I don’t know if I really want to be dead, but I think I do. I know I’ve felt this way before and it has gone away, I also know I’ve been very ambivalent about wanting and not wanting to die at the very same moment. I don’t know if this is more about impulse and self-punishment, and maybe alerting others to the danger I am in through a very risky action, or if it is actually about the chance that this could kill me. I think it likely won’t because I’ve done it before and I know a lot about the risks associated with my medication in overdose, but I realize I am playing with fire. These thoughts are not so much conscious words in my head, but I am very aware that this is now a very serious situation.

“I could pick up a few,” I think. I feel the weight of five in my hand, then add five more, and two more and a few more after that until I have 25. I shift them around a bit, consider the size of the handful and wonder if I could swallow them. I am hoping my phone will ring or Kathryn will walk through the door but I still don’t make a move towards walking away or calling for help. With my other hand I pick up a glass and get some water. As I do my hand with the pills moves slowly toward my mouth. The pills are in my mouth and I think, “I could still spit them out. Do I really want to do this?” I avoid imagining what will happen next and I swallow them with water. I feel a decent amount of regret instantly but also some pleasure that comes from the adrenaline of taking a very big risk. I begin slowly counting out 25 more, even though I am incredibly aware that it would be better to stop now. The same thing happens with these 25 and I only now start to grow scared that Kathryn will “catch” me. I quickly pick up the rest with next to no regret or concern for the consequences, shove them in my mouth and swallow.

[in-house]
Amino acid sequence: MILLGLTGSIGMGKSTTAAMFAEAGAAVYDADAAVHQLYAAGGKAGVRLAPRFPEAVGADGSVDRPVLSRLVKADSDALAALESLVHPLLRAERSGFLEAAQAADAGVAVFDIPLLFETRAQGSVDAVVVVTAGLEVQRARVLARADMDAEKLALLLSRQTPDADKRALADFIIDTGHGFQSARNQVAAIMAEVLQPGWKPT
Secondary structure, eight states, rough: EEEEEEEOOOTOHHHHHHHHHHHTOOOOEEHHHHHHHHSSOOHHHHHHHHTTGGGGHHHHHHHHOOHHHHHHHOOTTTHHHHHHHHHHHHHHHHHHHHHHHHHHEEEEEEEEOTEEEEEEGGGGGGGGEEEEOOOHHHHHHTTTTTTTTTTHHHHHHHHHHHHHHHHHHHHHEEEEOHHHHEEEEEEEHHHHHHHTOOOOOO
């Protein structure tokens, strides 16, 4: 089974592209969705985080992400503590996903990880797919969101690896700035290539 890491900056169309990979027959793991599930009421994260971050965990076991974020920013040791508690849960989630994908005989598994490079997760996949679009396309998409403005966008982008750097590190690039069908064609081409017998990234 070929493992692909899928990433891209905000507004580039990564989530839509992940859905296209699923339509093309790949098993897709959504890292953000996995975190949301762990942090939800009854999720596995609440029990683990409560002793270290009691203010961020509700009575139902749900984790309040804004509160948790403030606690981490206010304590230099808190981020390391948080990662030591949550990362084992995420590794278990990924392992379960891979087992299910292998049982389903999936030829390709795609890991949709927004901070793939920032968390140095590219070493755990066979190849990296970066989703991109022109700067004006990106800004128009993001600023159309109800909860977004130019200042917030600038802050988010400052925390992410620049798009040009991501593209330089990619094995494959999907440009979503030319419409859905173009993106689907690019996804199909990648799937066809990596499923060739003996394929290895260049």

Panic sets in but I force it away and start thinking about how I will cover up what I did or if I should be honest immediately with Kathryn. I want time to decide, so I put the bottle back, behind her medication so that she is unlikely to notice that it is empty if she happens to open the cupboard, and I go into the bathroom to stare at myself in the mirror.

The look is a mixture of terror, shame, hatred and yes – even pride. I feel courageous at the very same moment I feel overwhelmingly stupid, ashamed, regretful and worried. I consider trying to throw up but that has never gone well for me in the past. I start to run a bath so I can “relax” and appear normal, and have some private space when Kathryn gets home, so I can decide what to do. Having a bath will appear to her like a very skillful thing to be doing so she will be less suspicious of whether I was impulsive. She arrives home within 5-10 minutes and we talk briefly. I know I sound depressed and suicidal, I know she can tell in my voice and demeanour that everything is not okay, but I hope she just thinks it is because I feel like crap and not because I did something.

About ten minutes later I look at her with an honest and scared expression and I can see that she instantly knows I did something bad – we’ve been through this before. I quietly say, “I took all of my pills.” I see the split second moment when she wonders if she heard me correctly and then the fear, panic and even a bit of anger. At first she asks if I am lying, but very quickly she can tell by my behaviour and expression that we are about to be on our way to the hospital…

Obviously this is riddled with examples of distorted thinking and opportunities to intervene. One thing I’ve learned from writing this examination is that I should very strongly consider saying “No, walk away now” out loud, very firmly, even if I am alone.  If it feels too hard to give up the plan altogether, delay as much as possible to give more opportunity to call for help or take very small steps away from the plan in the hopes that it will get easier to move away further.

Delaying for me would look like listing all the states I can think of, naming every city I have ever been to, recapping the plot of a funny episode I’ve seen recently out loud to myself. Any emotional delaying (crying or really imagining the consequences or even noisy but kind of anxious yelling) could make things worse, so it has to be calm, based on memory, and something that can involve a lot of unemotional detail (i.e. cognitive distraction). I may not move away from the pills or put them down doing these things, but it’s more likely Kathryn would have arrived or I would have slowly reached for my phone.